1986, David Crosby is released from prison after doing time on drug and weapon charges …

1991, a group called On A Friday plays at the Jericho Tavern in Oxford, England … they will soon change their name to Radiohead …

1992, citing a sore throat, Axl Rose of Guns N’ Roses cuts short the band’s set in Montreal … many of the 55,000 fans in attendance riot … this is a fitting end to a concert in which Metallica also cuts their set short after singer James Hetfield suffers third-degree burns from a pyro effect …

1994, the Woodstock ’94 festival in Saugerties, New York, includes performances from the Red Hot Chili Peppers, Green Day, Aerosmith, and Nine Inch Nails … the crowd of 30,000 endures the same rain and resulting mud as the original event …

1996, former Mötley Crüe singer Vince Neil runs into trouble at an Indiana club date … after starting the show four hours late, Neil pulls the plug after just three songs saying he is feeling ill and suggests that the audience of “rednecks” doesn’t appreciate his talent … a riot by 500 surly ticket holders is narrowly averted by the prompt arrival of the cops … after touring as part of the sixth annual Lollapalooza festival, The Ramones soldier on to Los Angeles to perform their 2,263rd and final show …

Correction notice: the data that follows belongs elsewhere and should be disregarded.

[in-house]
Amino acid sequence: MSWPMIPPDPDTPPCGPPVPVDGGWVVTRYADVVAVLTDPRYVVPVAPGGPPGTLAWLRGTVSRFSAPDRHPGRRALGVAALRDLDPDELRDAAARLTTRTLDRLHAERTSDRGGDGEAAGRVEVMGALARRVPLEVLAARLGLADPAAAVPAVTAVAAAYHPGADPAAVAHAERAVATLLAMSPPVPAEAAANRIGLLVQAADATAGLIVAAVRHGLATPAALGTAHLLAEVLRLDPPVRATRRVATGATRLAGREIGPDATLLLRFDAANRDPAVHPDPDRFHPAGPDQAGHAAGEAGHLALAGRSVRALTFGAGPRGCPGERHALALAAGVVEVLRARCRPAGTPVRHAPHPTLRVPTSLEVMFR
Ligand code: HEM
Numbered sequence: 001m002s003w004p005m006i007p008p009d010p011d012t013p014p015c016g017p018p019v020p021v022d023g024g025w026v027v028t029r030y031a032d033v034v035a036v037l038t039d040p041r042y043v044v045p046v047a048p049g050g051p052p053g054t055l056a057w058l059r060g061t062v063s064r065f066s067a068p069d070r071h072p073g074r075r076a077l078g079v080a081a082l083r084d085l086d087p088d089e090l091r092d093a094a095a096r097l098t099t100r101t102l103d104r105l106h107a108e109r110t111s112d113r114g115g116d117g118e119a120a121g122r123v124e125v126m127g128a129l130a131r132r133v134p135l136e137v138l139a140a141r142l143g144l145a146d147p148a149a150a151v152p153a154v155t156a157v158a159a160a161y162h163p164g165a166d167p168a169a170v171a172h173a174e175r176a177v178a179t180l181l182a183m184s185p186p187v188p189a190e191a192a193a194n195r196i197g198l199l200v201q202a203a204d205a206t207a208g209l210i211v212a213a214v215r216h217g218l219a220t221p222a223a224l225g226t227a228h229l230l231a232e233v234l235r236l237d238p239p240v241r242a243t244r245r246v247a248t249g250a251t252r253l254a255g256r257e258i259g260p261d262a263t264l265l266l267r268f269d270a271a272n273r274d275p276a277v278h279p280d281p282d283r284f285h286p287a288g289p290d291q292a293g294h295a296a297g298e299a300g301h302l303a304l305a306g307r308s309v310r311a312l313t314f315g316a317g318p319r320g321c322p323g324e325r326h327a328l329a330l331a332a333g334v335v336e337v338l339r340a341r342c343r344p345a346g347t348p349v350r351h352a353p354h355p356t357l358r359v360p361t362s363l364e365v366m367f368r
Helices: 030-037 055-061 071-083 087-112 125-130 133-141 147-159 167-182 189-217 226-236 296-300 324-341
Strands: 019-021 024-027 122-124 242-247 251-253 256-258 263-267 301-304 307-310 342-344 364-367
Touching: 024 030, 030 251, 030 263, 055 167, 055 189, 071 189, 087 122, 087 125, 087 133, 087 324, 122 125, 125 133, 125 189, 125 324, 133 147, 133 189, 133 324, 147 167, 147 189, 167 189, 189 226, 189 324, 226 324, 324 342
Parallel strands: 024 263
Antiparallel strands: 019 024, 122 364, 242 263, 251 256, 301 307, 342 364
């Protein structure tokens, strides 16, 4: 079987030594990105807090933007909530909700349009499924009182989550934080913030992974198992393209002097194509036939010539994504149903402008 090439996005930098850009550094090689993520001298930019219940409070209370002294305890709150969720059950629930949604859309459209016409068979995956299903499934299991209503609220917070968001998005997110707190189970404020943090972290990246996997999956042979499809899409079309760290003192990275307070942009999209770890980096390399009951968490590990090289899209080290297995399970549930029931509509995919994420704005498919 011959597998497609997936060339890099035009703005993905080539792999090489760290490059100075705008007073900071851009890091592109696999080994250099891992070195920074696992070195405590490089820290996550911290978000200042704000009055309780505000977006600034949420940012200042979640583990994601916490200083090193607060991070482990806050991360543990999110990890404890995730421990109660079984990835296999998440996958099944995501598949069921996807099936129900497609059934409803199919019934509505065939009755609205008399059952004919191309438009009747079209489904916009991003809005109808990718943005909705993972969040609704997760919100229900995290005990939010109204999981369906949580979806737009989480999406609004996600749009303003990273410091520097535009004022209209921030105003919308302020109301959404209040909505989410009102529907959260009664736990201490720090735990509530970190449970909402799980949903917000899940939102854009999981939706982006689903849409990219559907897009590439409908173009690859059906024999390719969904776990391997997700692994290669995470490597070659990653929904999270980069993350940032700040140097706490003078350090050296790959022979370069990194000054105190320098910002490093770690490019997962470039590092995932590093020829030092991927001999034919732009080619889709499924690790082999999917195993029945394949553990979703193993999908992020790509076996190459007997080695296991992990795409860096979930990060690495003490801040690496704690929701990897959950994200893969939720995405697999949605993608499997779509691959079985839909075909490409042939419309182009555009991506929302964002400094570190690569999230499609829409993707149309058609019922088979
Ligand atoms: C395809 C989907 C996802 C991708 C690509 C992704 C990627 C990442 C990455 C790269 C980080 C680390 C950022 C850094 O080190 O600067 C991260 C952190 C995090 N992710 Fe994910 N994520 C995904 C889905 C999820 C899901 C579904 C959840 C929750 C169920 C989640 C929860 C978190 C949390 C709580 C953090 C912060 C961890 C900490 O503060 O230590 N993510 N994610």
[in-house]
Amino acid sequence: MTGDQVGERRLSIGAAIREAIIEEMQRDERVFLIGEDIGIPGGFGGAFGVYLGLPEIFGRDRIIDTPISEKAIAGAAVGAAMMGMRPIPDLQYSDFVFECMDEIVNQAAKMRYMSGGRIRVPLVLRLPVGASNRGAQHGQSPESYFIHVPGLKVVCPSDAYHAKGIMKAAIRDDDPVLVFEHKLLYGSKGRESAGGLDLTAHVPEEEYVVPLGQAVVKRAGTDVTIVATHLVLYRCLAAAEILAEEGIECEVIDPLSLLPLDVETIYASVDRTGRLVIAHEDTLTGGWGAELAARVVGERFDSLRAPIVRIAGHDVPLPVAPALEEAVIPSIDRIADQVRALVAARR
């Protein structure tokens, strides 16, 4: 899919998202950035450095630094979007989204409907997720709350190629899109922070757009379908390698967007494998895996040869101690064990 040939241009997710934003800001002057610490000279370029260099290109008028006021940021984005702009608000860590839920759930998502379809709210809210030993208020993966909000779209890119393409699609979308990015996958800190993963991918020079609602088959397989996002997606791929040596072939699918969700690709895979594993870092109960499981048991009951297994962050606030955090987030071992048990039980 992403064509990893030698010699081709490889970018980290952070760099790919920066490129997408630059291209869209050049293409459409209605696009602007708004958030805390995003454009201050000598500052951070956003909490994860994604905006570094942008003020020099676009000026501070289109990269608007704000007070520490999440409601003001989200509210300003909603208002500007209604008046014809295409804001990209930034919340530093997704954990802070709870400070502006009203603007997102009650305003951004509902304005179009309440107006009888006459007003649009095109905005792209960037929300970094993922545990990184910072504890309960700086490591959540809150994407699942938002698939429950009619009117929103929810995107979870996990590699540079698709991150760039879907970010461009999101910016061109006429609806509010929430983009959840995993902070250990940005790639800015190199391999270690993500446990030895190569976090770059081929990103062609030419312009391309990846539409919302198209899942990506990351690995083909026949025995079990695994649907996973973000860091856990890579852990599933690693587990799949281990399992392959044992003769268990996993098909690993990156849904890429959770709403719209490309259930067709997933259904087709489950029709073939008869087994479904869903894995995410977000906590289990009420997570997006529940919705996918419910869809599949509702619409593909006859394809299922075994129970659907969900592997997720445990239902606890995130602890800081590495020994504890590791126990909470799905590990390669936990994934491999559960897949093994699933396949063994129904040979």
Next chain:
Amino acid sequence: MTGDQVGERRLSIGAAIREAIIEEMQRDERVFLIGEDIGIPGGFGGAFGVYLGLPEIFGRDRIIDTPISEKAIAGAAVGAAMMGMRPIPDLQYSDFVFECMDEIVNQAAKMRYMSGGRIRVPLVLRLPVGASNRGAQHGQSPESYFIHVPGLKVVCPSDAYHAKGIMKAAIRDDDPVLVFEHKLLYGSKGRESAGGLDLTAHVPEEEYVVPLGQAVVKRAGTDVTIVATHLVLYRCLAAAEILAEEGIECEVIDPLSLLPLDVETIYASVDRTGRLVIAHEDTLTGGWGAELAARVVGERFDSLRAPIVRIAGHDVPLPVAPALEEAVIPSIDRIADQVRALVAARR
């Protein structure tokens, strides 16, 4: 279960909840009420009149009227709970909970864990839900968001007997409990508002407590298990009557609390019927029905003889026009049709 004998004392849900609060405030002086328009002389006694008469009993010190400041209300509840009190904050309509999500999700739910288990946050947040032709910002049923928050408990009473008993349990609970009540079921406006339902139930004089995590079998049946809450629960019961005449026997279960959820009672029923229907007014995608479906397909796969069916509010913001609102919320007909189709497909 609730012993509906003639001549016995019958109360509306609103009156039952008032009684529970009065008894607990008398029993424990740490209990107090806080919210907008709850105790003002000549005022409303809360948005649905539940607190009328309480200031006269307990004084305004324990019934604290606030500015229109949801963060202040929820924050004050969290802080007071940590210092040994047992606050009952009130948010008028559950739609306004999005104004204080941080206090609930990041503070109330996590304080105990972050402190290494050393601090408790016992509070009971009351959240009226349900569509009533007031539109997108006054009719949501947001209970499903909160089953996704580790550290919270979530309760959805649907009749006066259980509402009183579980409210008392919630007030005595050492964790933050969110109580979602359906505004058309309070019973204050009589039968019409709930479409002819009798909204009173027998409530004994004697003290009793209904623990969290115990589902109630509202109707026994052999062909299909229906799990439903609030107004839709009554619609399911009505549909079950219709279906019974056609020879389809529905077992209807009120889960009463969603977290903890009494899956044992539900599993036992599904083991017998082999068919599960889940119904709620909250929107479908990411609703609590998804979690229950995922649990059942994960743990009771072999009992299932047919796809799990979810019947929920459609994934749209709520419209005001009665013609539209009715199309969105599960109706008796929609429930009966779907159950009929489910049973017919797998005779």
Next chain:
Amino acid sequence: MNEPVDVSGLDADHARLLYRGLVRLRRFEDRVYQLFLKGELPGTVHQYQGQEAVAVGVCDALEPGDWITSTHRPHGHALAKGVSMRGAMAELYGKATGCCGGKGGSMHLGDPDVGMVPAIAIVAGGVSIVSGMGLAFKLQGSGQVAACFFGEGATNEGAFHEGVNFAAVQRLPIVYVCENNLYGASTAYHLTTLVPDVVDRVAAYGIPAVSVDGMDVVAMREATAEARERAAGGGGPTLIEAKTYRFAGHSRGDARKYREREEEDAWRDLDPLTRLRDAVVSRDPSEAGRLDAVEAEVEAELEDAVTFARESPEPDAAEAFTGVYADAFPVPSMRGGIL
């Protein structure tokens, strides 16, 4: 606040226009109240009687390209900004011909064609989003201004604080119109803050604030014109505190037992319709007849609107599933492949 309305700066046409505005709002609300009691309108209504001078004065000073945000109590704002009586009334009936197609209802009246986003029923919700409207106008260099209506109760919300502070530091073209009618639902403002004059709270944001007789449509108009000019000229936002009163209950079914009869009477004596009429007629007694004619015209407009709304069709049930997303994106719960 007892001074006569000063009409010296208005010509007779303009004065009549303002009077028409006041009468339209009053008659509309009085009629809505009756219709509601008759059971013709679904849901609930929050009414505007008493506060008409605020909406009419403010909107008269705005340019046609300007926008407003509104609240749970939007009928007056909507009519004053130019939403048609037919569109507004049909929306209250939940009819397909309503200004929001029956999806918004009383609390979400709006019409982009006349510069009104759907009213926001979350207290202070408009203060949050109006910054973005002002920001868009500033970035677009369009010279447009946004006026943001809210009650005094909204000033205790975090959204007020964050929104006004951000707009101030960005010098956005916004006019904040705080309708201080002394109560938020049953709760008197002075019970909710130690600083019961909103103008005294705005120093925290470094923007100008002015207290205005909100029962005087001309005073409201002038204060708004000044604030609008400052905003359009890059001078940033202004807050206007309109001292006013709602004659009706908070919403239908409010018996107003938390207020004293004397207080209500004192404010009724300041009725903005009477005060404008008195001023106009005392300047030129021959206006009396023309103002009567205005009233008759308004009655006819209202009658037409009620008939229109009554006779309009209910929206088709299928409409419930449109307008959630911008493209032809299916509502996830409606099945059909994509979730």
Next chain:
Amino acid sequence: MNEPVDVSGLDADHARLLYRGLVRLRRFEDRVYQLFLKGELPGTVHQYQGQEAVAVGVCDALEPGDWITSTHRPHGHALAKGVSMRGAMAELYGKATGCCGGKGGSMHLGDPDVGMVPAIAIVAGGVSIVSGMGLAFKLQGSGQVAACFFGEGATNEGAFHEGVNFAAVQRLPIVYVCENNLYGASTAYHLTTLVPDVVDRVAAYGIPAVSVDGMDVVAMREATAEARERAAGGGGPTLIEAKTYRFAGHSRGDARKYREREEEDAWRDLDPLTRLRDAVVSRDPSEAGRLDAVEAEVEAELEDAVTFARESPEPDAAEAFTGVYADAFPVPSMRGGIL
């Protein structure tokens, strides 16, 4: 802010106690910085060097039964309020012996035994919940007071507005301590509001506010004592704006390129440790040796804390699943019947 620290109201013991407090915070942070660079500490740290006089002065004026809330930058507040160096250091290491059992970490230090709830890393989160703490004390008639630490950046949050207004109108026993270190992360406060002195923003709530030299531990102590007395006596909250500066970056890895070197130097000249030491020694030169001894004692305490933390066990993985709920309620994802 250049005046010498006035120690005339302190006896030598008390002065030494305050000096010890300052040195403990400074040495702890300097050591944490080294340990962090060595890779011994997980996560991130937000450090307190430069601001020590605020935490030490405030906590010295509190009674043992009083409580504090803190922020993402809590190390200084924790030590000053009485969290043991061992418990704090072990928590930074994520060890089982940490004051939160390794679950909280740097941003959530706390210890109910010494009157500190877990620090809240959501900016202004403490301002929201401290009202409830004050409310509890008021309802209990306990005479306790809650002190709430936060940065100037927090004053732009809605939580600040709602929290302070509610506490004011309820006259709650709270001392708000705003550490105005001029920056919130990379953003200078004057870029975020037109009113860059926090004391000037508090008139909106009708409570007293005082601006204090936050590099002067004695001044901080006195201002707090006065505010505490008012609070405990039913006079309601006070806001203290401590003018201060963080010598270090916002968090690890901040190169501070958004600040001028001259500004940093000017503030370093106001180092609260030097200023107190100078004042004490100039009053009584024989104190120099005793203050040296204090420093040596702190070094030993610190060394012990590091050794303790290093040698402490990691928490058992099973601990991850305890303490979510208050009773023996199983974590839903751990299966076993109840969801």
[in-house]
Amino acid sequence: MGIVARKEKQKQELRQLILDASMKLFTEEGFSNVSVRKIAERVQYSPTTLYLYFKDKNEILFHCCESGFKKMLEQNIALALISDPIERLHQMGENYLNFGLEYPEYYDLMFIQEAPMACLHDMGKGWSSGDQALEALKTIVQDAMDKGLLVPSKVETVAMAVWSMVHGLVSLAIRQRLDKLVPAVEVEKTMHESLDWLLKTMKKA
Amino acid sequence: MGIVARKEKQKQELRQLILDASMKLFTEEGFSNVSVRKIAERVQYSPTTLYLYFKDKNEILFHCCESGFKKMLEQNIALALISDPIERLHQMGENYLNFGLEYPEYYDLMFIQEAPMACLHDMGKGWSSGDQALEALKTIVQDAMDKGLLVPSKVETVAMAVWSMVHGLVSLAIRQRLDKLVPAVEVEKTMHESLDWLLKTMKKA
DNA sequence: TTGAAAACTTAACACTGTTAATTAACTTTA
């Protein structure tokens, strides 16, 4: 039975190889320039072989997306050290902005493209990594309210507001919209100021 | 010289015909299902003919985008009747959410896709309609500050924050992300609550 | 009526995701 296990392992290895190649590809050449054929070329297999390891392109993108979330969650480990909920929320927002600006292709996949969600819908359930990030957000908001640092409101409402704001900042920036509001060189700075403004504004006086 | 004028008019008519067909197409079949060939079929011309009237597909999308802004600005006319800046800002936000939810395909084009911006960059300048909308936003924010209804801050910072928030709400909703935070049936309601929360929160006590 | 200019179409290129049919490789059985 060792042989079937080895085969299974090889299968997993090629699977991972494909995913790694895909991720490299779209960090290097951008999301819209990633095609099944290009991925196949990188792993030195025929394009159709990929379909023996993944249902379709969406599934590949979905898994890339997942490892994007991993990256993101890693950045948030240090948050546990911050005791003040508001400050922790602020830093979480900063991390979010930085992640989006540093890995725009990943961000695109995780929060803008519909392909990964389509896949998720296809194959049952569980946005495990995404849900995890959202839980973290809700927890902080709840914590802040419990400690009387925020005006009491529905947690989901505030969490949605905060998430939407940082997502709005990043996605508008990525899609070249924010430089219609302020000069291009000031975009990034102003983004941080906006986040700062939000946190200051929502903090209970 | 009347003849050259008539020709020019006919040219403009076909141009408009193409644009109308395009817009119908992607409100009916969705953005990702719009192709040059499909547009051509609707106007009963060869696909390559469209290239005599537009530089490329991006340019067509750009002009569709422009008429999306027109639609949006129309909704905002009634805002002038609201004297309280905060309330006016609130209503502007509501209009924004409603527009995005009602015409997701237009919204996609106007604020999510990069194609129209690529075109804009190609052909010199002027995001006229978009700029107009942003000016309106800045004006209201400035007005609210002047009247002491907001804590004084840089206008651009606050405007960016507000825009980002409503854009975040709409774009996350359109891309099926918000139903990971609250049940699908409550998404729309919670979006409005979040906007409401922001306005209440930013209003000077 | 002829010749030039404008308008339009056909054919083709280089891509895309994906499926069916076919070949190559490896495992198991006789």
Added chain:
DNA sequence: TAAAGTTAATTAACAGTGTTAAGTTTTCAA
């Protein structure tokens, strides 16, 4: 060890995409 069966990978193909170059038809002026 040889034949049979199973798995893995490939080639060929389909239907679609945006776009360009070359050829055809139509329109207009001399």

2000, the Jimi Hendrix estate successfully evicts the holder of the web domain jimihendrix.com …

2003, during a radio interview, Ted Nugent says that the people of Illinois are “spineless, apathetic, embarrassing wimps” for their lack of involvement in their state government … Nugent’s comments result from his displeasure over the state’s gun laws … despite his scorn, Nugent will play the Illinois State Fair later in the day … fortunately for the Motor City Madman, the audience is apparently a bunch of embarrassing wimps who are too spineless and apathetic to demand refunds …